The Secret of Everything, by Barbara O’Neal

The Secret of EverythingFinished 10-20-11, rating 3.5/5, fiction, 385 pages, pub. 2009

Tessa grew up a gypsy of sorts, moving from festival to festival with her father and her adult life followed the same path, as a guide for exotic tours all over the world.  When Tessa has a near death experience that brings with it confusing memories from her childhood, she decides to go back to where she spent those early years on New Mexico commune.  What she finds is an upscale desert town that asks as many questions as it does provide answers.

I loved Tessa’s close relationship with her father.  It was just the two of them and Sam, as a quasi-recovering hippy, was easy to like.  Some people grow up with two parents and still don’t have that much love and support.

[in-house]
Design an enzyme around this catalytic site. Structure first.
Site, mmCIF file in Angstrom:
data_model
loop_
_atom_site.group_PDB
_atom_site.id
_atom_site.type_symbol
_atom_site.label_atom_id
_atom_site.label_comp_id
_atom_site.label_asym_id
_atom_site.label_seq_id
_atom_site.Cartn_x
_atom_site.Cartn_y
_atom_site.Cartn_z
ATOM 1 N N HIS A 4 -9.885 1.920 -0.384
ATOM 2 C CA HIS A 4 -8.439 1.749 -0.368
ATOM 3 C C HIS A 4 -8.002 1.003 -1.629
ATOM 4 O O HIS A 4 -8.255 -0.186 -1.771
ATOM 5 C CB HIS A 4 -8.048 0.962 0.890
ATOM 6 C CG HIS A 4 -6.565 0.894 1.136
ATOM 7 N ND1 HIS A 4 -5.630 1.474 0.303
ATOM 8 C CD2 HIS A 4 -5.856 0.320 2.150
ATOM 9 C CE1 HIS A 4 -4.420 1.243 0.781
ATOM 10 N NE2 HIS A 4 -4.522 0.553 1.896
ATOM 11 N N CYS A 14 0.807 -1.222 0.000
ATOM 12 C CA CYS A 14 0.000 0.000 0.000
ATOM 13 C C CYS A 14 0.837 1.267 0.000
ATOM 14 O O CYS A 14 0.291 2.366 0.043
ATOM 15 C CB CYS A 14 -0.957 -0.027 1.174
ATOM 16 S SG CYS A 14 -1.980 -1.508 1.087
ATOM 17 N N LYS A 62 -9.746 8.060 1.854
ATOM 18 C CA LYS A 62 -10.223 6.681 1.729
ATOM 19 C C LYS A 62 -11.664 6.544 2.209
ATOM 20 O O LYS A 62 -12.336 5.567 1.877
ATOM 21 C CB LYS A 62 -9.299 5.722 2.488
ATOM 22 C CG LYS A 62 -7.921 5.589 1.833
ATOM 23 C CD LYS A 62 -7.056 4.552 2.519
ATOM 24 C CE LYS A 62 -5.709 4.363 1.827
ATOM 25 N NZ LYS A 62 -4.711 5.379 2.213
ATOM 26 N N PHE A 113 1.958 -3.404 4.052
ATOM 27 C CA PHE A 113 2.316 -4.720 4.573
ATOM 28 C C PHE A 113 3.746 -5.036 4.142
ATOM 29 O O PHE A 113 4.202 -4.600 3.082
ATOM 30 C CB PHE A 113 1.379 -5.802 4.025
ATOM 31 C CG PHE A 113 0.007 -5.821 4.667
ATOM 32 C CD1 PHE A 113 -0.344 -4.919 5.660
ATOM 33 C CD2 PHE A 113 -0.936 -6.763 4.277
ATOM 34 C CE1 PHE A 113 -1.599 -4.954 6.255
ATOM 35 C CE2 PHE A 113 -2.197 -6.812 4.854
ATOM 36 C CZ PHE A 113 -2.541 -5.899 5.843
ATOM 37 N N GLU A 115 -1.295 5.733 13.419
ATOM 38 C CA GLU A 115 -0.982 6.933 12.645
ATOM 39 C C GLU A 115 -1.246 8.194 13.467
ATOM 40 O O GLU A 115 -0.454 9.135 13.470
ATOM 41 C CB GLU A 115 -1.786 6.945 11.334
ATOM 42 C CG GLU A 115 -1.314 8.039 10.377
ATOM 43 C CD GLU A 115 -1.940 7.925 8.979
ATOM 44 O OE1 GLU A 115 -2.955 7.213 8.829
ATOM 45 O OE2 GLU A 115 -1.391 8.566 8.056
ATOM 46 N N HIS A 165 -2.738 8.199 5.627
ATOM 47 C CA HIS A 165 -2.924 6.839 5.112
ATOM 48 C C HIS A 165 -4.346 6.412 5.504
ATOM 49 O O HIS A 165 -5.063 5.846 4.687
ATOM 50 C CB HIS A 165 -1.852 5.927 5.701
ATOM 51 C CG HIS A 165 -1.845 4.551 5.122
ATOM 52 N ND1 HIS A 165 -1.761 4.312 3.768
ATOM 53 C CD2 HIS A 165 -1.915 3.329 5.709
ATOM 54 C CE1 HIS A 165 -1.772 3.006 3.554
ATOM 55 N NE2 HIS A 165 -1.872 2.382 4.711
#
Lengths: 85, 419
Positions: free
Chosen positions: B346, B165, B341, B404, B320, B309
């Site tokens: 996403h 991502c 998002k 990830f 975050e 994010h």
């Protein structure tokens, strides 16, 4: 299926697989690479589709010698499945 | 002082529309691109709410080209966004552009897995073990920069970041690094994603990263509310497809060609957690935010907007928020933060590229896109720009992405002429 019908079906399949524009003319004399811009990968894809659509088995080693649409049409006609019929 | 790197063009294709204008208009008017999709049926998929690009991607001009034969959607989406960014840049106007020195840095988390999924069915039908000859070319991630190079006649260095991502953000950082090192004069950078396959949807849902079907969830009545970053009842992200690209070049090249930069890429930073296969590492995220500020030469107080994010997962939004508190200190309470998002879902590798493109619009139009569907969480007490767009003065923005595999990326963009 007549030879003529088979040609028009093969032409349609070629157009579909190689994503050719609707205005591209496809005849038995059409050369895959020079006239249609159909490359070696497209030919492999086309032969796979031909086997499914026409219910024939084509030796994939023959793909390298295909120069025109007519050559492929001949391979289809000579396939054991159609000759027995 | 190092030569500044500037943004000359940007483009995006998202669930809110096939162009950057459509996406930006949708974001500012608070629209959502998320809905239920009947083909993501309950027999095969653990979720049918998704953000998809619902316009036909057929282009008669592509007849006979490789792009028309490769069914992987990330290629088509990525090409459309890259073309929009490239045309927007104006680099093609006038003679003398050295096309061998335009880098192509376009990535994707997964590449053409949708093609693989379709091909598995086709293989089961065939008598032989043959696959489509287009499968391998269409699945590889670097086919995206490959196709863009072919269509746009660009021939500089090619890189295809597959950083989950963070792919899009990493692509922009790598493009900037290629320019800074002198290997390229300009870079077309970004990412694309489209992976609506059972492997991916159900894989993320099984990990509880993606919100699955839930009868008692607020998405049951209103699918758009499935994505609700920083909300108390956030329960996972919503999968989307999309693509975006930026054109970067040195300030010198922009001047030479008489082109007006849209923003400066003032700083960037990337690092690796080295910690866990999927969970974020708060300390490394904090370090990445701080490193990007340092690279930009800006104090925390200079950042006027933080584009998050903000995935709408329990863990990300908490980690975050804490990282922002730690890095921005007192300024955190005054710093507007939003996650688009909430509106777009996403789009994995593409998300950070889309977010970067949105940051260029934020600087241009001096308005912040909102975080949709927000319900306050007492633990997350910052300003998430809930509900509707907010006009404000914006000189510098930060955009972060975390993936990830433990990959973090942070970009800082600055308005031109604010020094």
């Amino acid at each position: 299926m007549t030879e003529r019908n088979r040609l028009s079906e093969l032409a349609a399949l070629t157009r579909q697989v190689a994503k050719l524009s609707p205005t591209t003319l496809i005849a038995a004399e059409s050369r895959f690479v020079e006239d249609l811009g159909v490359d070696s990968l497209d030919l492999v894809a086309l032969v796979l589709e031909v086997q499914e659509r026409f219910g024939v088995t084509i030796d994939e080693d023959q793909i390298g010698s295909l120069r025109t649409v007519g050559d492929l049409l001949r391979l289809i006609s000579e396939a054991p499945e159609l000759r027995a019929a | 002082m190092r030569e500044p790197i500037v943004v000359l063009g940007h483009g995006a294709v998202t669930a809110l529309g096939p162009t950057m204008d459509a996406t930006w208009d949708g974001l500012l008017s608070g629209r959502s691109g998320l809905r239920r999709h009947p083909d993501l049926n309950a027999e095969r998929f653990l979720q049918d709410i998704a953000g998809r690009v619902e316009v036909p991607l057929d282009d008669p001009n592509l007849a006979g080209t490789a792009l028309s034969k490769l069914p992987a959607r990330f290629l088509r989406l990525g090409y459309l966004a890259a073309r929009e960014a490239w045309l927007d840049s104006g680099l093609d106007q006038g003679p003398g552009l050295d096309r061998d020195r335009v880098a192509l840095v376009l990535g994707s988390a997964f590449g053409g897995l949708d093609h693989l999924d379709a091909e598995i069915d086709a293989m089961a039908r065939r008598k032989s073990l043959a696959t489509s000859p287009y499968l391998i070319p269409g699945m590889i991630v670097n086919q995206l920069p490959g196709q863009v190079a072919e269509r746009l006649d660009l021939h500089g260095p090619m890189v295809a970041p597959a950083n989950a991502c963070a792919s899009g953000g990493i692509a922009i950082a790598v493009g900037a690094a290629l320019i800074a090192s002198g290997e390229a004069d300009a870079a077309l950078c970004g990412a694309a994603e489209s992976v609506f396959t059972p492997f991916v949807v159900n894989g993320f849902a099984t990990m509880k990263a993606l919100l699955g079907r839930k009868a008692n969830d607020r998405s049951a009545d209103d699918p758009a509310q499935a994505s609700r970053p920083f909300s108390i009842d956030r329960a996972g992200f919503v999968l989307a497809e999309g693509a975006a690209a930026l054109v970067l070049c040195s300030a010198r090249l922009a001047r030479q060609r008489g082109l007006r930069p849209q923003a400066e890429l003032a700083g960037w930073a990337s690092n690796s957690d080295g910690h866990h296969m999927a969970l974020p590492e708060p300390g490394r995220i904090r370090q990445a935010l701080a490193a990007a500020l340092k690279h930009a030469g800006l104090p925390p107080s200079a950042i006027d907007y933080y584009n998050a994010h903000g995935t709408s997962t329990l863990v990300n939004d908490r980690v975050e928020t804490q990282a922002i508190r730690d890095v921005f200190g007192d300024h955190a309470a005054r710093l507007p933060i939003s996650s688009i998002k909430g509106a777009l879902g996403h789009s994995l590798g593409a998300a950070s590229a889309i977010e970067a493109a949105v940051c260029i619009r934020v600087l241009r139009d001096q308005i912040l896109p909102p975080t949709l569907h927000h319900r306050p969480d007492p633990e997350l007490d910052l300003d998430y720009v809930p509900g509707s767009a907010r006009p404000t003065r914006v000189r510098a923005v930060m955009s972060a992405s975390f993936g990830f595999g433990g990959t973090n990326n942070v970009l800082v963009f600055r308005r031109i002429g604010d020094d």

I loved that the town of Las Ladronas was a town with a dog or cat for every resident and visitor.  They were expected at shops and hotels and there was no shortage of four-legged companionship.  It made me want to visit and hang out with all of the tail waggers.

I liked the beautiful town and laid back residents.  They each had something to reveal Tessa about her past.

I liked Vince, the sexy rescue worker with the muscular thighs (sorry, but that point was made more than once).  He was raising three young daughters and the volatile relationship between the two older girls made me thankful I was an only child.

There were two things that made the book fall a little flat for me. The story was told from way too many viewpoints.  Instead of just following Tessa and maybe one other character we followed quite a few minor characters who were interesting, but didn’t really add any momentum to Tessa’s journey.  Also, the end just seemed very pat to me.  I’m all for conclusive endings, but I don’t think every detail needs to be addressed.

I enjoyed this book and will definitely read more of O’Neal’s work.

This was from my personal library.  I picked it up (and way too many other books from my wish list) from Border’s for practically nothing.